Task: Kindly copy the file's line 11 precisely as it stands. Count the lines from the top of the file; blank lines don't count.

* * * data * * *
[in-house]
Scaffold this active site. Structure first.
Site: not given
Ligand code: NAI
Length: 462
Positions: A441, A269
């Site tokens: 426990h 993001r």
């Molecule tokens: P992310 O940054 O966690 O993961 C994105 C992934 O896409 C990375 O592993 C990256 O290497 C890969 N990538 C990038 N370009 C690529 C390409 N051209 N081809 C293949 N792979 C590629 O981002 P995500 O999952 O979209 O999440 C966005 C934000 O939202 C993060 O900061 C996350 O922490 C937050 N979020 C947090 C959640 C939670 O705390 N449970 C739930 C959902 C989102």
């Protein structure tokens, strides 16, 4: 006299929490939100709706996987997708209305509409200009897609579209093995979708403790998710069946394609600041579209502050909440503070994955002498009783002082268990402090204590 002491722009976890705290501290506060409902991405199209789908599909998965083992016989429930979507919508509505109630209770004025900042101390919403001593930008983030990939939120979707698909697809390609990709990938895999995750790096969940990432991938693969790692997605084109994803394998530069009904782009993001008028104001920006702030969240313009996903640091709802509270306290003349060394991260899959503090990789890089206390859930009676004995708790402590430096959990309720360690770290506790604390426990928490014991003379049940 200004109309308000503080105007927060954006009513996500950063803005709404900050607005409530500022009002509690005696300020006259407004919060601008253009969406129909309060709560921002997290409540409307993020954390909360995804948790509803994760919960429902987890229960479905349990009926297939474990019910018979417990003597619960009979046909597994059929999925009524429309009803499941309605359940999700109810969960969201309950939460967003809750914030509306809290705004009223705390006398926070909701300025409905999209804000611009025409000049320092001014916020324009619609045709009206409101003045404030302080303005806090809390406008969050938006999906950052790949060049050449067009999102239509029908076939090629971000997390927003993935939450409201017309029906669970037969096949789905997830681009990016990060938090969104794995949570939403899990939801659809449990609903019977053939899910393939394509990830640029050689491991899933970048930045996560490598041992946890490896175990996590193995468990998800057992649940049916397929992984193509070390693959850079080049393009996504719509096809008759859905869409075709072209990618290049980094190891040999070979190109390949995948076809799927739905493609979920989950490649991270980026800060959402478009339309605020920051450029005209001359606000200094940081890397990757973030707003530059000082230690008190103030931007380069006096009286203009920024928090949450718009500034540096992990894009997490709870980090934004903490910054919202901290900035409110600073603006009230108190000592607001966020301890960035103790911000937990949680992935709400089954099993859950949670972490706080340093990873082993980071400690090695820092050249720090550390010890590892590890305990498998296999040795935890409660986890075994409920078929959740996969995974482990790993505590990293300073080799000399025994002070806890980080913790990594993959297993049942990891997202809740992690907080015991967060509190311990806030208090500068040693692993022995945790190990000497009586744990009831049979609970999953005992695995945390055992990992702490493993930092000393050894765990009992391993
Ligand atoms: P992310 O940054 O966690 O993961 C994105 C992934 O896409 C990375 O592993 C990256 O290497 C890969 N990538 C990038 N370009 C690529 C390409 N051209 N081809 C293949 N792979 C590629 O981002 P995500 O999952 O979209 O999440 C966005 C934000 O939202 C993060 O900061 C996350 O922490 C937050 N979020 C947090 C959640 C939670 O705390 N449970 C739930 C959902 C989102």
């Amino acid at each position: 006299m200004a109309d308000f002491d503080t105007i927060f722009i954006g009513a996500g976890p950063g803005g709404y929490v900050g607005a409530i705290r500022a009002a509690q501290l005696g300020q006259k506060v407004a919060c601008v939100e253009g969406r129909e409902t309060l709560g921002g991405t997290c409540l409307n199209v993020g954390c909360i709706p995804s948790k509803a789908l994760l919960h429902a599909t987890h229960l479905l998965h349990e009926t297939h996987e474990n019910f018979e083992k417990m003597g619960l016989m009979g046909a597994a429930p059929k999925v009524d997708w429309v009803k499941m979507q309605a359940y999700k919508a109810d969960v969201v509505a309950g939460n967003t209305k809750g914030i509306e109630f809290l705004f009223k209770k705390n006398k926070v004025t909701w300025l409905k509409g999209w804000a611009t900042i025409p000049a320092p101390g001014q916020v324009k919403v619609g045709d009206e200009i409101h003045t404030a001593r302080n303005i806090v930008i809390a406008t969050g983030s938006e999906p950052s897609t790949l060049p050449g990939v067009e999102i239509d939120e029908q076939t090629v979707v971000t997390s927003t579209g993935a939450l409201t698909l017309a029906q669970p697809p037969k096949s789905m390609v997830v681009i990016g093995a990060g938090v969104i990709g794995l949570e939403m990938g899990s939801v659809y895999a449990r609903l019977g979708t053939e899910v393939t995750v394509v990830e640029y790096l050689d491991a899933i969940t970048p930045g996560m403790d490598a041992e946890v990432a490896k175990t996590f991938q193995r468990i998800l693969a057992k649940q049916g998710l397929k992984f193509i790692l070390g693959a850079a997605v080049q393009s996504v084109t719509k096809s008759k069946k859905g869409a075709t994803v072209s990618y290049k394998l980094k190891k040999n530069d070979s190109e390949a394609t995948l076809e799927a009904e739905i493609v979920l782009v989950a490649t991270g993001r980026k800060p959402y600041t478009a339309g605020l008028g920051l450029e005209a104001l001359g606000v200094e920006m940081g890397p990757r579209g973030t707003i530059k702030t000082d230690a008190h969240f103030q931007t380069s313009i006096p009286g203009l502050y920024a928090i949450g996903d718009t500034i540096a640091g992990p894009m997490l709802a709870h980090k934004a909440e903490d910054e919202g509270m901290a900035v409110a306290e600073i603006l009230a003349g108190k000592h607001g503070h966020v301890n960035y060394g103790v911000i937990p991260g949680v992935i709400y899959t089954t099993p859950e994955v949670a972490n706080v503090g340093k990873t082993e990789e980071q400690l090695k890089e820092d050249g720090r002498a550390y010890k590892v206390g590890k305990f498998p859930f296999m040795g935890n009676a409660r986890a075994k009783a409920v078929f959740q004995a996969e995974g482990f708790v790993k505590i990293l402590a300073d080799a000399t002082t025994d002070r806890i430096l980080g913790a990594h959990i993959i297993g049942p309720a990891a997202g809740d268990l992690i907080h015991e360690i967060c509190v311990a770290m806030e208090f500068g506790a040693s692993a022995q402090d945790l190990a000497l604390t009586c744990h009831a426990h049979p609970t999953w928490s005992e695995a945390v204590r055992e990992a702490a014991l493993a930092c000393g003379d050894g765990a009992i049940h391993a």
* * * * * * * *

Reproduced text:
């Amino acid at each position: 006299m200004a109309d308000f002491d503080t105007i927060f722009i954006g009513a996500g976890p950063g803005g709404y929490v900050g607005a409530i705290r500022a009002a509690q501290l005696g300020q006259k506060v407004a919060c601008v939100e253009g969406r129909e409902t309060l709560g921002g991405t997290c409540l409307n199209v993020g954390c909360i709706p995804s948790k509803a789908l994760l919960h429902a599909t987890h229960l479905l998965h349990e009926t297939h996987e474990n019910f018979e083992k417990m003597g619960l016989m009979g046909a597994a429930p059929k999925v009524d997708w429309v009803k499941m979507q309605a359940y999700k919508a109810d969960v969201v509505a309950g939460n967003t209305k809750g914030i509306e109630f809290l705004f009223k209770k705390n006398k926070v004025t909701w300025l409905k509409g999209w804000a611009t900042i025409p000049a320092p101390g001014q916020v324009k919403v619609g045709d009206e200009i409101h003045t404030a001593r302080n303005i806090v930008i809390a406008t969050g983030s938006e999906p950052s897609t790949l060049p050449g990939v067009e999102i239509d939120e029908q076939t090629v979707v971000t997390s927003t579209g993935a939450l409201t698909l017309a029906q669970p697809p037969k096949s789905m390609v997830v681009i990016g093995a990060g938090v969104i990709g794995l949570e939403m990938g899990s939801v659809y895999a449990r609903l019977g979708t053939e899910v393939t995750v394509v990830e640029y790096l050689d491991a899933i969940t970048p930045g996560m403790d490598a041992e946890v990432a490896k175990t996590f991938q193995r468990i998800l693969a057992k649940q049916g998710l397929k992984f193509i790692l070390g693959a850079a997605v080049q393009s996504v084109t719509k096809s008759k069946k859905g869409a075709t994803v072209s990618y290049k394998l980094k190891k040999n530069d070979s190109e390949a394609t995948l076809e799927a009904e739905i493609v979920l782009v989950a490649t991270g993001r980026k800060p959402y600041t478009a339309g605020l008028g920051l450029e005209a104001l001359g606000v200094e920006m940081g890397p990757r579209g973030t707003i530059k702030t000082d230690a008190h969240f103030q931007t380069s313009i006096p009286g203009l502050y920024a928090i949450g996903d718009t500034i540096a640091g992990p894009m997490l709802a709870h980090k934004a909440e903490d910054e919202g509270m901290a900035v409110a306290e600073i603006l009230a003349g108190k000592h607001g503070h966020v301890n960035y060394g103790v911000i937990p991260g949680v992935i709400y899959t089954t099993p859950e994955v949670a972490n706080v503090g340093k990873t082993e990789e980071q400690l090695k890089e820092d050249g720090r002498a550390y010890k590892v206390g590890k305990f498998p859930f296999m040795g935890n009676a409660r986890a075994k009783a409920v078929f959740q004995a996969e995974g482990f708790v790993k505590i990293l402590a300073d080799a000399t002082t025994d002070r806890i430096l980080g913790a990594h959990i993959i297993g049942p309720a990891a997202g809740d268990l992690i907080h015991e360690i967060c509190v311990a770290m806030e208090f500068g506790a040693s692993a022995q402090d945790l190990a000497l604390t009586c744990h009831a426990h049979p609970t999953w928490s005992e695995a945390v204590r055992e990992a702490a014991l493993a930092c000393g003379d050894g765990a009992i049940h391993a």